Green Hornet issues 1-4 review

In the new Green Hornet comic series, written by Kevin Smith and published by Dynamite Entertainment, you will find a slightly by the numbers and possibly predictable origin story. However it is the way this story is presented and the way the dialogue is written that makes this series worth a read.

The current run of this series is an adaptation of Smith’s own abandoned screenplay. It carries Kevin Smith’s trademarks: cliches, tropes and hilarious dialogue.

The Green Hornet has been a part of American culture dating back to the days of radio serials. The character and his sidekick, valet, manservant Kato are best remembered for their depiction in the 1960’s tv program where Bruce Lee played the latter role.

The history and past exploits of this other quite dynamic duo is not needed in order to enjoy this latest spin on the character. In the opening pages, Smith clues the reader in on all that is needed to get the characters.

What followes is a classic origin tale sprinkled with Smith’s humour and ability to manipulate the audience’s emotions.

A tale of loss, honor and justice with enough chuckles to keep it snappy.

The Green Hornet has thus far held my interest and kept me hungry for more. With a myriad of titles competing for my Lincoln’s it is rare to pick up a title solely on its own merits.

This series is currently at issue 4 having started this past month and it should be no problem catching up.

Highly recommended for those looking for a series completely disconnected from larger universes and continuities, fans of the recent Zorro movies, na na na Batman, as well as Kevin Smith of course.

Split Second @ 46%: How to really play the demo and decide to buy

If you have only played the demo once then I can almost guarantee you think this game is not worth buying. Due to the Blur beta spontaneously ending, I decided to give S/S another shot. Holy William H. Macy am I glad I did. Ask yourself the following questions:

Did I see the parking garage?
Did I see the air traffic tower collapse?
Did I see the military carrier plane crash?
Did I see the boarding planes at the terminal?

If you answered no to any of these questions, then you owe it to yourself to go through the demo again.

Here’s what S/S has that no other racer has (yes even Blur):

Havok based real world physics.

What this means is that when an explosion goes off near you, your car reacts realistically. You may either get flipped over or lose control of your car to varying degrees, from a full on slide to a skid to just flipping over. It is all 100% based on your speed, the force of the boom, and your distance. It is not based on random zeroes and ones.

The physics also mean grinding and pushing cars behaves more like in the real world. Instead of how, in Burnout, a little tap instantly wrecks a car, you now have to work hard and hope you’re lucky, Ever see a police chase? It takes a few hits to wreck the bad guy. The same thing happens here.

Crazy course changing catastrophes

What is normally cool things to drive over and around, become screaming metal deathtraps. You drive through the bottom of a docked ferry, someone pushed the red button, and all of a sudden the decks explode and you fade to black. Upon respawn you see that the decks now form a giant ramp that launches you onto a sinking aircraft carrier and now you have to dodge sliding fighter jets just to get back to terra firma. There are way too many of these to detail but every track has a handful of events triggered by the racers that change the track layout to varying degrees.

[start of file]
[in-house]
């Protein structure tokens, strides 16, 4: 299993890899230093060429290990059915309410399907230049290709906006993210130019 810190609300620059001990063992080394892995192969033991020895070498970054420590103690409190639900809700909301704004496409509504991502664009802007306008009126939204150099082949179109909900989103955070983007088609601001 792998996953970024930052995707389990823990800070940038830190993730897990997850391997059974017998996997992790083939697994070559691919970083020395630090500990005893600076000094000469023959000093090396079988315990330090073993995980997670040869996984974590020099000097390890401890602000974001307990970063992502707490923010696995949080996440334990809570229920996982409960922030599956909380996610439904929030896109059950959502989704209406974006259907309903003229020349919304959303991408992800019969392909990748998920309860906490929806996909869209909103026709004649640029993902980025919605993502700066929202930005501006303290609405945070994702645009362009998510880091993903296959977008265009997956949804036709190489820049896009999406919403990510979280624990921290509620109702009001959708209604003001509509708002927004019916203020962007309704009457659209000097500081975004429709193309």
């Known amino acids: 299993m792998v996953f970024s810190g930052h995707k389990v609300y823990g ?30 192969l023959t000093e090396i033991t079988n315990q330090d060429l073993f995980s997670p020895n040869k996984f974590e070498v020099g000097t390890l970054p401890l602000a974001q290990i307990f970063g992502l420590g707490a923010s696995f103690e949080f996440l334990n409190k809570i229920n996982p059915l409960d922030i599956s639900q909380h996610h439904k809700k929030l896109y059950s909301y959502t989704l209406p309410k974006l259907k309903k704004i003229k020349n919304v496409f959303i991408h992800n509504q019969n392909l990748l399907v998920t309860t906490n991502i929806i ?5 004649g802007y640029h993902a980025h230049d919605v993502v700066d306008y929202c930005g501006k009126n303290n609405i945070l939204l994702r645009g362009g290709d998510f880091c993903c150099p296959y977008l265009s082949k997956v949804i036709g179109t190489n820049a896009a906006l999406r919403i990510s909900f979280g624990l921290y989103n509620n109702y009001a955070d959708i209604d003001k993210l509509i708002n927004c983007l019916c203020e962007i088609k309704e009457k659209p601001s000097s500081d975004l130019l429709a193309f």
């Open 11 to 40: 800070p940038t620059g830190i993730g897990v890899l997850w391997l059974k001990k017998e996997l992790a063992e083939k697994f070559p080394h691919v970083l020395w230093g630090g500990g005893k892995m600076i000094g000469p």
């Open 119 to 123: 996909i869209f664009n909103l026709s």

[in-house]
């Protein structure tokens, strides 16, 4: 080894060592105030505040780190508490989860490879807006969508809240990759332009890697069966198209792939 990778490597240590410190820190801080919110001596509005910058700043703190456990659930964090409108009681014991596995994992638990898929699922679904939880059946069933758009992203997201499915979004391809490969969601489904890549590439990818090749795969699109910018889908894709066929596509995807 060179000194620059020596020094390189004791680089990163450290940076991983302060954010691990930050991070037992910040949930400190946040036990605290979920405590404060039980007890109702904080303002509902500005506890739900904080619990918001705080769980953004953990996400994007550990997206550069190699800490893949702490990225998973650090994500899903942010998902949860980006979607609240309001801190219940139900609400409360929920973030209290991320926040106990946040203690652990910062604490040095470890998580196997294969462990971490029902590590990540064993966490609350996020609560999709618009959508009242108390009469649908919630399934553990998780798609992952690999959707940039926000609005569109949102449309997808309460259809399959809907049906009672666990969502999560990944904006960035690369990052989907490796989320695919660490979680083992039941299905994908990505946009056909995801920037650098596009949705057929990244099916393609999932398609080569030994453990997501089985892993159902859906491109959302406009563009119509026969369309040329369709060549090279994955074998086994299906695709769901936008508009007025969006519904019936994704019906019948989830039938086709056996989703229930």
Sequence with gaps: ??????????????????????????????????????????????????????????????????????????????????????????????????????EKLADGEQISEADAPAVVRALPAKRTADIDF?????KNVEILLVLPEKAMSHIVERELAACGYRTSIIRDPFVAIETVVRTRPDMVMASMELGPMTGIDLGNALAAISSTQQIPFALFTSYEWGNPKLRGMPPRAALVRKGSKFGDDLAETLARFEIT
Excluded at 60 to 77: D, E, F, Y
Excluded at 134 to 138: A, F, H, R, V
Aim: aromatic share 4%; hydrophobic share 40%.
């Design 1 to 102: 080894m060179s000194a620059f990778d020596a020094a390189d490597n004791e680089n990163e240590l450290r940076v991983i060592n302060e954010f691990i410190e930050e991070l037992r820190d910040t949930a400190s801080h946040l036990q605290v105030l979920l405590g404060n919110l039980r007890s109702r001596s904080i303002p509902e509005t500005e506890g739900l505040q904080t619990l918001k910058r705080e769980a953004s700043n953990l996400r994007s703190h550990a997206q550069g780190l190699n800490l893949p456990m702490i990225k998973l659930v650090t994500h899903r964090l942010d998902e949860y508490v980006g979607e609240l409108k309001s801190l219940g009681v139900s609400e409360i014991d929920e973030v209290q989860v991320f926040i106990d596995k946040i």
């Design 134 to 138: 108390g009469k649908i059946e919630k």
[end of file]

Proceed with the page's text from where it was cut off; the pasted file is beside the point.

Game modes that feel different

Every racer has eliminations and time trials. This one has you dodging falling aircraft and wrecking balls at the same time. The time trials have every explosion and course changer triggering automatically to mess up your clean line. Or an apache fires missles that you have to dodge or mammoth trucks out of speed racer launch exploding death barrels.

A singleplayer that affects multiplayer

You have to play the story to unlock tracks and cars for multiplayer. On the couch multi is the same as online. Yes burnout had that too but it’s been a long freaking time since the last closed track burnout.

If Blur is Call of Duty on wheels then Split Second is Street Fighter on wheels. You have to think strategically and not waste meter. You have to play mind games and screw with people.

This post was originally going to be wriiten at 10% I just couldn’t stop playing FOR HOURS. To say any more is to be in danger of spoiling this game. So try and see everything that the demo has to throw at you and know that it is tame and yawn worthy when compared to what get’s launched in the full game.

Do not be so quick to give this game the pass.

What’s down the pipe

Three weeks of audio logs full of money saving tips, stand up and universal theories. Charlie the 13 year old poser satanist Director’s cut (almost twenty episodes), the new spin-off series Timothy Necro, video podcasts and two minute continuing game reviews, the latest and greatest from the MUGEN scene as well as classic serials like the idiot of the (insert recent time frame here) award, random URLs and google searches, as well as IT CAME FROM THE SPAAAAAAAM FOLDER.

There’s over eight years worth of content and ideas from The Product of My Boredom. SO WATCH THIS SPACE!

In the meantime follow me on twitter @demonicdrphil.